Yes, we might have a good chuckle with that with some of the middle class, provided we were forced to share an elevator with them at some point.

Take us home, Jack:
Calling Kristol's addition to the page redundant because David Brooks, a former Weekly Standard-bearer, already works there reveals a lack of familiarity with both men's writings. Brooks is "pro-choice and pro-gay marriage," as Ross Douthat noted three years ago in the National Review. Kristol is neither. Brooks is a journalist first and always has been. Kristol is a political operator. Brooks tries to persuade his readers of his views gently, as if he's a guest in the house. Kristol lives to brawl and make enemies. To him, writing is fighting.

Kristol's been sitting atop a wingnut sinecure masthead for fourteen years, after service as Dan Quayle's Brain (you'd think he'd tell the truth about Nam and lie about that one, wouldn't you?).  Who's he ever been close enough to to brawl with? An artillery barrage is not a "brawl". Neither is smearing shit on someone's windshield in the middle of the night.

Who's Afraid of Bill Kristol? Not me. I think it'll be fun watching him in an environment where he gets fact-checked for once.

(And if he's not David Brooks, why'd he just re-write Brooks' column from three days ago?)

9 comments:

pookapooka said...

testing one TSSSWOOOO one TSSWOOO

jes checking if my Spankin New Google account will enable me to state my usual irrelevancies in Dogburg ... seemed Brooks' irrelevance would be a propos

pookapooka said...

i mean Kristol Mighty, tho Brooks is also a wondrous irrelevance

Katherine said...

The Times already corrected one error Kristol made, in quoting Michelle Malkin. Turns out she didn't write what he claims: it was M. Medved! I can't tell them apart, either.

Brendan said...

Nice catch (and comment!), Katherine.

yellojkt said...

I just stand that weaselly grin and his head shaking condescension whenever someone calls him on his horse hockey.

James Stripes said...

The best answer came, not surprisingly, from the best Republican campaigner so far — Mike Huckabee. He began by calmly mentioning his and Obama’s contrasting views on issues from guns to life to same-sex marriage. This served to remind Republicans that these contrasts have been central to G.O.P. success over the last quarter-century, and to suggest that Huckabee could credibly and comfortably make the socially conservative case in an electorally advantageous way.--Bill Kristol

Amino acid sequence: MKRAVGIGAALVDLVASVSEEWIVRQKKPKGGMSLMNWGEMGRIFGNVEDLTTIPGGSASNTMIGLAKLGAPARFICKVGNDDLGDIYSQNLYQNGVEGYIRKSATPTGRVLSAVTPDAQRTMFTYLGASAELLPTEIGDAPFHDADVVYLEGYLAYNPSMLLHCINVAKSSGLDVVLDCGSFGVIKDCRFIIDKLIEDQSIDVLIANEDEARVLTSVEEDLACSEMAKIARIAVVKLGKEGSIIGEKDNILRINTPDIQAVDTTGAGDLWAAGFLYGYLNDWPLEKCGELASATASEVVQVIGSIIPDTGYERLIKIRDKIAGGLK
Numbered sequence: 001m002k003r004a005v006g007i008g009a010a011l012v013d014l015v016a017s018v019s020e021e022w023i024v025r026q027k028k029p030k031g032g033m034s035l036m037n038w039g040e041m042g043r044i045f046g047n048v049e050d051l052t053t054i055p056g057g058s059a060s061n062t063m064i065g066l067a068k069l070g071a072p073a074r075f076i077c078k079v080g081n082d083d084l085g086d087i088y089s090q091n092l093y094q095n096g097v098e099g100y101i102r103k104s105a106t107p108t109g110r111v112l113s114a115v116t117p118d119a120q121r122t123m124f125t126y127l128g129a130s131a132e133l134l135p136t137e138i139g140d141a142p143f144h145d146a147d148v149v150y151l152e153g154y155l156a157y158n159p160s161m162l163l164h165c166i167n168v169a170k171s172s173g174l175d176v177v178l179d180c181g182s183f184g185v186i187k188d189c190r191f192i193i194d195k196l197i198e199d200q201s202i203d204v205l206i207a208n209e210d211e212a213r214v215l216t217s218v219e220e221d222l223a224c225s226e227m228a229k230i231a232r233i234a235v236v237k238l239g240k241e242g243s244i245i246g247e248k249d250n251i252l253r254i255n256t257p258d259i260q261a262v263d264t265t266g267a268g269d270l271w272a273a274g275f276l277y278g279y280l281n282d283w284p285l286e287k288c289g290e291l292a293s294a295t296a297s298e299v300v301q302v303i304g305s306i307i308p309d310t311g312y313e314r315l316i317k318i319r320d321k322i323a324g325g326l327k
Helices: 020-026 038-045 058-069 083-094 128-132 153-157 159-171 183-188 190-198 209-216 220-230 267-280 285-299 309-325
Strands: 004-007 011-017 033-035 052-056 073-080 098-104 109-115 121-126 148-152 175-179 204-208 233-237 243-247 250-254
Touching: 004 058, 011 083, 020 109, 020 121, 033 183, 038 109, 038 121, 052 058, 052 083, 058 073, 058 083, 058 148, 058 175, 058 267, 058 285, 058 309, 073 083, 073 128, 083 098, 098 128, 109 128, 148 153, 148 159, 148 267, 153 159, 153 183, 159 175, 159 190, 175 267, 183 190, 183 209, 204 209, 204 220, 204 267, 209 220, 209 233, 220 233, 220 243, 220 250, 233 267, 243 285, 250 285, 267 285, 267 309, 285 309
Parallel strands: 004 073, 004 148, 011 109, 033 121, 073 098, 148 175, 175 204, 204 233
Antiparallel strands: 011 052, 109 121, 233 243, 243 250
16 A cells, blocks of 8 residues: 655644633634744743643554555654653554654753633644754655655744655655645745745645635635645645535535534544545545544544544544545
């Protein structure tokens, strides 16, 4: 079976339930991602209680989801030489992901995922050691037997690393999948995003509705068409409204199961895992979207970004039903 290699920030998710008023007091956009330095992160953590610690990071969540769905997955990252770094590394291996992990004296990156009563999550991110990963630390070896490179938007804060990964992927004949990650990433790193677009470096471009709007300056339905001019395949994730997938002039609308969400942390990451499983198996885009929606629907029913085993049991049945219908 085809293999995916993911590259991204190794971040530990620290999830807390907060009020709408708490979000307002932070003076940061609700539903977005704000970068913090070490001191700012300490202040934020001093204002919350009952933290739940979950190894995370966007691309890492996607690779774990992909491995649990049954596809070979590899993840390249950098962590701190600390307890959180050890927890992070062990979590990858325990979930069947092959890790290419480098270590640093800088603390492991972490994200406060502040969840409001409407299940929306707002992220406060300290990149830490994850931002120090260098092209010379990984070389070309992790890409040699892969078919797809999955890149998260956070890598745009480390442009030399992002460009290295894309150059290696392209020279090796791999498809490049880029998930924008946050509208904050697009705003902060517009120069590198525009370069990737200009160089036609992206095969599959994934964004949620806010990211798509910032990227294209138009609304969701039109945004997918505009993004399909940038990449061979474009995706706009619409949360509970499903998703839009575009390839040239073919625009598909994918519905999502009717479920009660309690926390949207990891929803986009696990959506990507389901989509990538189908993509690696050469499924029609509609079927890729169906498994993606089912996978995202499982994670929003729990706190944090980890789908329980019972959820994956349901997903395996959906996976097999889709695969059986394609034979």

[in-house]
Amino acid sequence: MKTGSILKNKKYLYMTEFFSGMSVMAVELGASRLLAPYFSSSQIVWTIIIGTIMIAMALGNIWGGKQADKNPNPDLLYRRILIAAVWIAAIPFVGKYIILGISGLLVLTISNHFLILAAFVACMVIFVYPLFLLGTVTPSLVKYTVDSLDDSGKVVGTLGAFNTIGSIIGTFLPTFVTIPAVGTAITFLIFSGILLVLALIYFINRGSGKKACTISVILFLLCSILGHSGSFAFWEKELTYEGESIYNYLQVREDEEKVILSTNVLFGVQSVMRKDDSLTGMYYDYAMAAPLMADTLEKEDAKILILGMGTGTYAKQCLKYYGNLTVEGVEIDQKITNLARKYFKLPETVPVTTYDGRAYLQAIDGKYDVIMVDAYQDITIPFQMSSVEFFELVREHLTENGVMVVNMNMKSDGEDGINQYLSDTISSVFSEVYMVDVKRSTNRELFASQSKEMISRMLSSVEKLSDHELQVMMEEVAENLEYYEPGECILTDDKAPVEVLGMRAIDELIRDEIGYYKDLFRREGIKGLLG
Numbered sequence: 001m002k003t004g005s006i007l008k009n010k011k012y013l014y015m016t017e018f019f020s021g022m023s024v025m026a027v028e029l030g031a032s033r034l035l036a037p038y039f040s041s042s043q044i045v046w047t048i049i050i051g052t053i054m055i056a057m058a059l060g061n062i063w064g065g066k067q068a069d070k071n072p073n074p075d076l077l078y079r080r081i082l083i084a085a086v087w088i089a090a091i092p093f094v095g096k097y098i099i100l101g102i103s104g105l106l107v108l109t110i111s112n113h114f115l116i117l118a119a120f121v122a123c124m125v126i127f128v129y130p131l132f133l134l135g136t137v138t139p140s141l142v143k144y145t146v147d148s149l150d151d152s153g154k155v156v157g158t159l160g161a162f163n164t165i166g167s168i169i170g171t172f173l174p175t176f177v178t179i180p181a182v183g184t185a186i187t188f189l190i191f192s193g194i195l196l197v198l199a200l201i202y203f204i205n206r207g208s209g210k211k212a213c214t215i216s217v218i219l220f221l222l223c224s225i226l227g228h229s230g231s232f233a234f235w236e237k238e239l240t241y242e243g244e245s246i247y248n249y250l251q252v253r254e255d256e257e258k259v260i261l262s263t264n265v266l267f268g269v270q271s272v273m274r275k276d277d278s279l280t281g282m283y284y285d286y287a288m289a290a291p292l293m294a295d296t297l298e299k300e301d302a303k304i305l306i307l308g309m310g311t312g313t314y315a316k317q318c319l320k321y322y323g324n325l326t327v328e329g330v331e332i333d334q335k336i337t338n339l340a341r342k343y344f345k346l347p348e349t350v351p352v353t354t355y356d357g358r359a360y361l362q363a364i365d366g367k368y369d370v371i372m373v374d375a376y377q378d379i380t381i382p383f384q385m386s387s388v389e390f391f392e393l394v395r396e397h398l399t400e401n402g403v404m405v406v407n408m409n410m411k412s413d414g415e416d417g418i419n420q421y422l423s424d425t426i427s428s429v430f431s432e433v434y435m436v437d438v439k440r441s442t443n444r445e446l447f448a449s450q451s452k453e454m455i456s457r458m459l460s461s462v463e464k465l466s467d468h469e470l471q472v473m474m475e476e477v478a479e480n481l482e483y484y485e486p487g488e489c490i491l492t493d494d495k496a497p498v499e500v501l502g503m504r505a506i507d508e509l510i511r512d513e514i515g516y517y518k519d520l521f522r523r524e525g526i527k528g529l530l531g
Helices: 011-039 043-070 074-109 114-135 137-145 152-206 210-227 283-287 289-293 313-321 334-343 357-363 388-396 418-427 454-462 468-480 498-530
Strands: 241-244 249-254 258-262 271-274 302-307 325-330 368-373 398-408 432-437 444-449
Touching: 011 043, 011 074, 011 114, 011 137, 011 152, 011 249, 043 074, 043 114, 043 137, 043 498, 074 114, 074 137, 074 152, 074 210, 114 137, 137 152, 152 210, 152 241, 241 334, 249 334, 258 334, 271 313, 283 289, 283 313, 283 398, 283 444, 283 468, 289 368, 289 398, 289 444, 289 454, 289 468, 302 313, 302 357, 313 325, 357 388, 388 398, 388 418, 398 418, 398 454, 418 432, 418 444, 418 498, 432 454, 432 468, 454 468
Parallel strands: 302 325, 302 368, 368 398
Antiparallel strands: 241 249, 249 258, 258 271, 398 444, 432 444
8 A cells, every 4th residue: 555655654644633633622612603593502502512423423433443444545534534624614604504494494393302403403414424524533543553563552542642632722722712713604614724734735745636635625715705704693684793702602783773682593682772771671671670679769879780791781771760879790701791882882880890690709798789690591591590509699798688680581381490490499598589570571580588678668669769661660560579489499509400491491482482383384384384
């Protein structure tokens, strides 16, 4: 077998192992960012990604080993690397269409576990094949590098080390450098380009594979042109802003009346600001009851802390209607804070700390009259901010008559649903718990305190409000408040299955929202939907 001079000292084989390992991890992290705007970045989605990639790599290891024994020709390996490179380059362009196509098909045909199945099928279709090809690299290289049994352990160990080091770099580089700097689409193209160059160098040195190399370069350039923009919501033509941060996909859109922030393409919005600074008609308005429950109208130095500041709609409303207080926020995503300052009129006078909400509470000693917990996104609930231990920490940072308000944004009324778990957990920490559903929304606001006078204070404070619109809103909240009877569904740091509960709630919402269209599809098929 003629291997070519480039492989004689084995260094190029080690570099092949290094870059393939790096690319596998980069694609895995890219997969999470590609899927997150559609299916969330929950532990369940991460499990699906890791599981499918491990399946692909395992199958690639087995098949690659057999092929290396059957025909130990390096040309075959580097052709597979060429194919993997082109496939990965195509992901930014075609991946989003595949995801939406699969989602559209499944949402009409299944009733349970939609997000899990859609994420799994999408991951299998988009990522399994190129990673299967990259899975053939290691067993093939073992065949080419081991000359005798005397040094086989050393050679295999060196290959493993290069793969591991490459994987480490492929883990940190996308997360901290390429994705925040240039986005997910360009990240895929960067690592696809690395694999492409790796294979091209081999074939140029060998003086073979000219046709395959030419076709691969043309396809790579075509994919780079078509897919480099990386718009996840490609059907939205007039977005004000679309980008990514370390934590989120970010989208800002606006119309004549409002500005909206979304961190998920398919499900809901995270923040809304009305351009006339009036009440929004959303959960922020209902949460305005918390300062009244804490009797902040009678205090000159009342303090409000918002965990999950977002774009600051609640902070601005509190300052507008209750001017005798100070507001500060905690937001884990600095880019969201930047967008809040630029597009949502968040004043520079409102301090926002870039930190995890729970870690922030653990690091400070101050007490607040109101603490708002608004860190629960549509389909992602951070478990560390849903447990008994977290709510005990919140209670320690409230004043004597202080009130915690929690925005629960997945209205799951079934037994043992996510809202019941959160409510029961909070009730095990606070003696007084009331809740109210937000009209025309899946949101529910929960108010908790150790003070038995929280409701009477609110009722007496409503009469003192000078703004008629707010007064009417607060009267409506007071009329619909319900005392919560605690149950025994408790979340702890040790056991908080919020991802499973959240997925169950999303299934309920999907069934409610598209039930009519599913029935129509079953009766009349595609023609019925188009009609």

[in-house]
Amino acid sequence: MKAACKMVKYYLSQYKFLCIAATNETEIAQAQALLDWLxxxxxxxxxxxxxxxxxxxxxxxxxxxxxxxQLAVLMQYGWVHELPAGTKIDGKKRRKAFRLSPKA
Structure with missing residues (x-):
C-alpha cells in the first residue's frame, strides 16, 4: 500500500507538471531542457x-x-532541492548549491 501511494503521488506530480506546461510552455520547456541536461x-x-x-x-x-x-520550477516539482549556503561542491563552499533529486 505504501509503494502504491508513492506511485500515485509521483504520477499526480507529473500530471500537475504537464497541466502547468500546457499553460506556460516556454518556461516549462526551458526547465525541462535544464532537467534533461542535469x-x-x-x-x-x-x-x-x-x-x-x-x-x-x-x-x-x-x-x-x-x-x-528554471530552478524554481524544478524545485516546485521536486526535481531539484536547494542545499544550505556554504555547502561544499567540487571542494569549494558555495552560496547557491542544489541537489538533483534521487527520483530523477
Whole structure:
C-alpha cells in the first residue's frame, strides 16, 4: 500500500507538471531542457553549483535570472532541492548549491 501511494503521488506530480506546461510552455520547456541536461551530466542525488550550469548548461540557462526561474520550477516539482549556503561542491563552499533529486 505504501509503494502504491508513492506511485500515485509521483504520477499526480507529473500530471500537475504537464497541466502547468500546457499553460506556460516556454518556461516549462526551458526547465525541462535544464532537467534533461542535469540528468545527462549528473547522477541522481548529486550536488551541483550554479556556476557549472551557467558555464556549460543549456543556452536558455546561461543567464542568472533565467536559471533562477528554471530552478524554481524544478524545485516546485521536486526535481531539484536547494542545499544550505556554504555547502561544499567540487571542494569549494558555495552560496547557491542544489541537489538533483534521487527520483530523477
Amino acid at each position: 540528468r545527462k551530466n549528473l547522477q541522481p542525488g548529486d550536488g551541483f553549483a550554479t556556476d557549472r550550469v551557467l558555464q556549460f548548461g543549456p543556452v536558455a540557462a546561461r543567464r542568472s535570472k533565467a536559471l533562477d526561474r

I thought that this passage was interesting copy. Without a name at the top of the page, I might think it had been written by Jon Swift. After all, isn't it abundantly clear from the source of GOP success over the last quarter century why someone like Huckabee should not be allowed even to look at a nuclear weapon trigger, let alone have his finger on one?

Can "the good done by the appointments of John Roberts and Samuel Alito to the Supreme Court" possibly be serious. We have every reason to expect that Huckabee will continue the lowering of standards for judicial appointments made commonplace by the Bush administrations (John Roberts was a bit surprising in this regard, although he too often side with the least qualified justices ever appointed [Thomas and Scalia], he at least has some experience prior to nomination)

If Kristol's copy is not interesting and clever satire, then we really should be have the guys in the white suits take a look at him, not give hem a white space to fill in the NYT.

Marion in Savannah said...

Well, as Katherine said, the first time he took the car out of the garage he drove off the road into a ditch by (mis)quoting Our Lady of the Concentration Camps. Need anything else be saie?

Jeff Pruitt said...

My favorite Kristol quote:

"There's been a certain amount of pop sociology in America ... that the Shia can't get along with the Sunni and the Shia in Iraq just want to establish some kind of Islamic fundamentalist regime. There's almost no evidence of that at all. Iraq's always been very secular."

Nice call. Besides, you can't take anyone seriously if they were known as "Dan Quayle's Brain"

Harry Cheddar said...

Where Kristol adores a minuet,
The Ballet Russes, and crepe suzette, Our Brooksy loves to rock and roll, A hot dog makes him lose control!

What a wild duet!